Hypertext Webster Gateway: "period"

From Webster's Revised Unabridged Dictionary (1913) (web1913)

Period \Pe"ri*od\, v. t.
To put an end to. [Obs.] --Shak.

From Webster's Revised Unabridged Dictionary (1913) (web1913)

Period \Pe"ri*od\, v. i.
To come to a period; to conclude. [Obs.] ``You may period
upon this, that,'' etc. --Felthman.

From Webster's Revised Unabridged Dictionary (1913) (web1913)

Period \Pe"ri*od\, n. [L. periodus, Gr. ? a going round, a way
round, a circumference, a period of time; ? round, about + ?
a way: cf. F. p['e]riode.]
1. A portion of time as limited and determined by some
recurring phenomenon, as by the completion of a revolution
of one of the heavenly bodies; a division of time, as a
series of years, months, or days, in which something is
completed, and ready to recommence and go on in the same
order; as, the period of the sun, or the earth, or a

2. Hence: A stated and recurring interval of time; more
generally, an interval of time specified or left
indefinite; a certain series of years, months, days, or
the like; a time; a cycle; an age; an epoch; as, the
period of the Roman republic.

How by art to make plants more lasting than their
ordinary period. --Bacon.

3. (Geol.) One of the great divisions of geological time; as,
the Tertiary period; the Glacial period. See the Chart of

4. The termination or completion of a revolution, cycle,
series of events, single event, or act; hence, a limit; a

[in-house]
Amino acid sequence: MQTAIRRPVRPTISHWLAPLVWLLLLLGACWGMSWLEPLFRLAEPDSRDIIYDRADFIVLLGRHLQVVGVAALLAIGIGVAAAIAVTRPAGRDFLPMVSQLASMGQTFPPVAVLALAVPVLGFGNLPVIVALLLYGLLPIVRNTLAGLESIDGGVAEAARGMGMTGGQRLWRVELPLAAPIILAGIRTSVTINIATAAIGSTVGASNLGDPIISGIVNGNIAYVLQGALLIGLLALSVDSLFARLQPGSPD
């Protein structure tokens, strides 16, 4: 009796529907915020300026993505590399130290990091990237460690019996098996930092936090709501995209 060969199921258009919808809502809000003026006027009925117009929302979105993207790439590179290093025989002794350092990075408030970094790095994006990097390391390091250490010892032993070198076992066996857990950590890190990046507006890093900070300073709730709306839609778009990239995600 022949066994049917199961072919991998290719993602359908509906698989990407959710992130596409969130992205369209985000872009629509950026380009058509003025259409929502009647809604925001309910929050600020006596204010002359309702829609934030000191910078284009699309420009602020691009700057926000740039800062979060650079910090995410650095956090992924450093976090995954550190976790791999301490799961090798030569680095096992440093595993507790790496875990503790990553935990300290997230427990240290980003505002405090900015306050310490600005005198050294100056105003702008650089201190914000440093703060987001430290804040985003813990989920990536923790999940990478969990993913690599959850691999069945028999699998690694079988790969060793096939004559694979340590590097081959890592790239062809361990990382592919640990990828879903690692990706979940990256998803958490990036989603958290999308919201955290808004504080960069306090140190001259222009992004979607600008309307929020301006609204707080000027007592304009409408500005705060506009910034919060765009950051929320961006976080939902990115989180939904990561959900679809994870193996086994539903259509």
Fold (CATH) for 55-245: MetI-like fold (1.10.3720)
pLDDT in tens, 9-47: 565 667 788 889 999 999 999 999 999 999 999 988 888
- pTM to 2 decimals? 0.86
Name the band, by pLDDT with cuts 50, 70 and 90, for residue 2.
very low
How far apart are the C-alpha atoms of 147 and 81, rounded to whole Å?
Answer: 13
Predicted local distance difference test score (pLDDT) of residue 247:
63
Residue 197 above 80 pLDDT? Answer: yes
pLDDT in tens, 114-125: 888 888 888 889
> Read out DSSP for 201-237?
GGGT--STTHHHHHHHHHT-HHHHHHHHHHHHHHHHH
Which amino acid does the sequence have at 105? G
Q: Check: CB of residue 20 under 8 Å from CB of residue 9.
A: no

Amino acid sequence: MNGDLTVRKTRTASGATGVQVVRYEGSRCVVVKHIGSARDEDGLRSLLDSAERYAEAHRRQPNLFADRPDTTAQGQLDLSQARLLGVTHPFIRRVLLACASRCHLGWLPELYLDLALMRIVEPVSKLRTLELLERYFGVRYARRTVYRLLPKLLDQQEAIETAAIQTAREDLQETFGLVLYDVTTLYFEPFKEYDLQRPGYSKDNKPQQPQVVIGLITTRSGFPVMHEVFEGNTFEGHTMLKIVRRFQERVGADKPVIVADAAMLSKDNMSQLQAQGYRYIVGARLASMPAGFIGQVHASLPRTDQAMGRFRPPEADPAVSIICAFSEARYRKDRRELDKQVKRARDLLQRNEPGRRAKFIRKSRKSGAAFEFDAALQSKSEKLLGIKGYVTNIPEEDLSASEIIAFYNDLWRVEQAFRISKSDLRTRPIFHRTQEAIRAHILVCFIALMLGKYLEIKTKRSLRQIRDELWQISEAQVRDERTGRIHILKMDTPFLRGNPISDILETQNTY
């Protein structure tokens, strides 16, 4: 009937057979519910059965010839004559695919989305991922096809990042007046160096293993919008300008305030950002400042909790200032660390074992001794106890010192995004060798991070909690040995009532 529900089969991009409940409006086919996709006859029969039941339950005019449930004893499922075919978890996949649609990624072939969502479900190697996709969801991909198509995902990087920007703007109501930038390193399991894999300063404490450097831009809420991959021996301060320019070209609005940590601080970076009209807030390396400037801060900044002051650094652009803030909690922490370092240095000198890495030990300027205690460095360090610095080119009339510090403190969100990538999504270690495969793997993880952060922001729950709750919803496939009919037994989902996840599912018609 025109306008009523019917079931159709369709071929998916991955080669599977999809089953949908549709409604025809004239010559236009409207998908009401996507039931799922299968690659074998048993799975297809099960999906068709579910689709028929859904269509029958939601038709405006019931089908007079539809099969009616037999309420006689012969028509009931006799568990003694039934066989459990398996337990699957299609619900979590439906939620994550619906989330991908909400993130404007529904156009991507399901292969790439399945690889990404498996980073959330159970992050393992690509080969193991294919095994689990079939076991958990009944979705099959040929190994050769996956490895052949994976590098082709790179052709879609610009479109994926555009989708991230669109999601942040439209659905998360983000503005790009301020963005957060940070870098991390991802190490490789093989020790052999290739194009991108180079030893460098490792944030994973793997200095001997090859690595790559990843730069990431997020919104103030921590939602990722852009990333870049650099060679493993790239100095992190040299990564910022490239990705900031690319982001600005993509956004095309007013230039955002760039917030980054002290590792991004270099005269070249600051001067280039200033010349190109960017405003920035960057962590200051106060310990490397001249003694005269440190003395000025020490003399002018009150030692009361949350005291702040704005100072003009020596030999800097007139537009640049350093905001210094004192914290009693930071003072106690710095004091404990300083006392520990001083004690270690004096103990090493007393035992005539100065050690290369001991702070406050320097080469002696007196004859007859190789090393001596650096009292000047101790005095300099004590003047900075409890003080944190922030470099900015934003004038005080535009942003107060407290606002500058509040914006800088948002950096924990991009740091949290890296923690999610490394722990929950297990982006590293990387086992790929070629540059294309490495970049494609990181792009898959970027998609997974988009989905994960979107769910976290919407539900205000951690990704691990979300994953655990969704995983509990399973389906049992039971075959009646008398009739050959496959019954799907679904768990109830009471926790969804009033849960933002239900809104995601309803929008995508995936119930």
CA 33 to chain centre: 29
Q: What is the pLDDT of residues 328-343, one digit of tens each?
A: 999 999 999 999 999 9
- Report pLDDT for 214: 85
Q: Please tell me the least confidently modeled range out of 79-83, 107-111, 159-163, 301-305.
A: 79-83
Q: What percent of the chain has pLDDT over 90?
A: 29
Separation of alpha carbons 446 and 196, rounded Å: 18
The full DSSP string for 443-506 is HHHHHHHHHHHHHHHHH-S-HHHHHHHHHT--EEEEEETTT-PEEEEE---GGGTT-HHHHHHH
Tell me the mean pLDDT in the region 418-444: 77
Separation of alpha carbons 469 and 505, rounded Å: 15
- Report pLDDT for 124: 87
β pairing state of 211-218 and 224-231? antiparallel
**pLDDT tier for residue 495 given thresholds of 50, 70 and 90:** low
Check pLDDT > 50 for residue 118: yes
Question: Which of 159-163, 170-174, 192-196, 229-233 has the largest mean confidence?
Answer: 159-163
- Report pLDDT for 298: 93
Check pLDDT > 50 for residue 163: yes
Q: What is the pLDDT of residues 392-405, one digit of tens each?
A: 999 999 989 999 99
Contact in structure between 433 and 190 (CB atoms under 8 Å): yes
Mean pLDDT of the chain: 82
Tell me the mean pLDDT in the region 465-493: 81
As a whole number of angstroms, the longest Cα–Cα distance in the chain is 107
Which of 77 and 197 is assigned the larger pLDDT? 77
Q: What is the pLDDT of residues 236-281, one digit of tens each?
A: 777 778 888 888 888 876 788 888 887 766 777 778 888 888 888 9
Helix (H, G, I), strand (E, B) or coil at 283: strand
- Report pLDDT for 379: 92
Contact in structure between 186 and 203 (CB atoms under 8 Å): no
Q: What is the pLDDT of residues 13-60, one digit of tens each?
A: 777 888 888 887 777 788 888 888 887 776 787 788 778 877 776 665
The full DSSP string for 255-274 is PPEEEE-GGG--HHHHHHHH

bound; an end; a conclusion. --Bacon.

So spake the archangel Michael; then paused, As at
the world's great period. --Milton.

Evils which shall never end till eternity hath a
period. --Jer. Taylor.

This is the period of my ambition. --Shak.

5. (Rhet.) A complete sentence, from one full stop to
another; esp., a well-proportioned, harmonious sentence.
``Devolved his rounded periods.'' --Tennyson.

Periods are beautiful when they are not too long.
--B. Johnson.

Note: The period, according to Heyse, is a compound sentence
consisting of a protasis and apodosis; according to
Becker, it is the appropriate form for the
co["o]rdinate propositions related by antithesis or
causality. --Gibbs.

6. (Print.) The punctuation point [.] that marks the end of a
complete sentence, or of an abbreviated word.

7. (Math.) One of several similar sets of figures or terms
usually marked by points or commas placed at regular
intervals, as in numeration, in the extraction of roots,
and in circulating decimals.

From WordNet (r) 1.7 (wn)

n 1: an amount of time; "a time period of 30 years"; "hastened
the period of his recovery" [syn: {time period}, {period
of time}]
2: one of three periods of play in hockey games
3: a stage in the history of a culture having a definable place
in space and time; "a novel from the Victorian period"
[syn: {historic period}, {historical period}]
4: the interval taken to complete one cycle of a regularly
repeating phenomenon
5: a time of life characterized as a distinct phase; "Picasso's
blue period"; "it was the happy period of my life"
6: the monthly discharge of blood from the uterus of
nonpregnant women from puberty to menopause; "the women
were sickly and subject to excessive menstruation"; "a
woman does not take the gout unless her menses be
stopped"--Hippocrates; "the semen begins to appear in
males and to be emitted at the same time of life that the
catamenia begin to flow in females"--Aristotle [syn: {menstruation},
{menses}, {catamenia}, {flow}]
7: a punctuation mark (.) placed at the end of a declarative
sentence to indicate a full stop or after abbreviations;
"in England they call a period a stop" [syn: {point}, {full
stop}, {stop}, {full point}]
8: a unit of geological time during which a system of rocks
formed; "ganoid fishes swarmed during the earlier
geological periods" [syn: {geological period}]
9: the end or completion of something; "death put a period to
his endeavors"; "a change soon put a period to my

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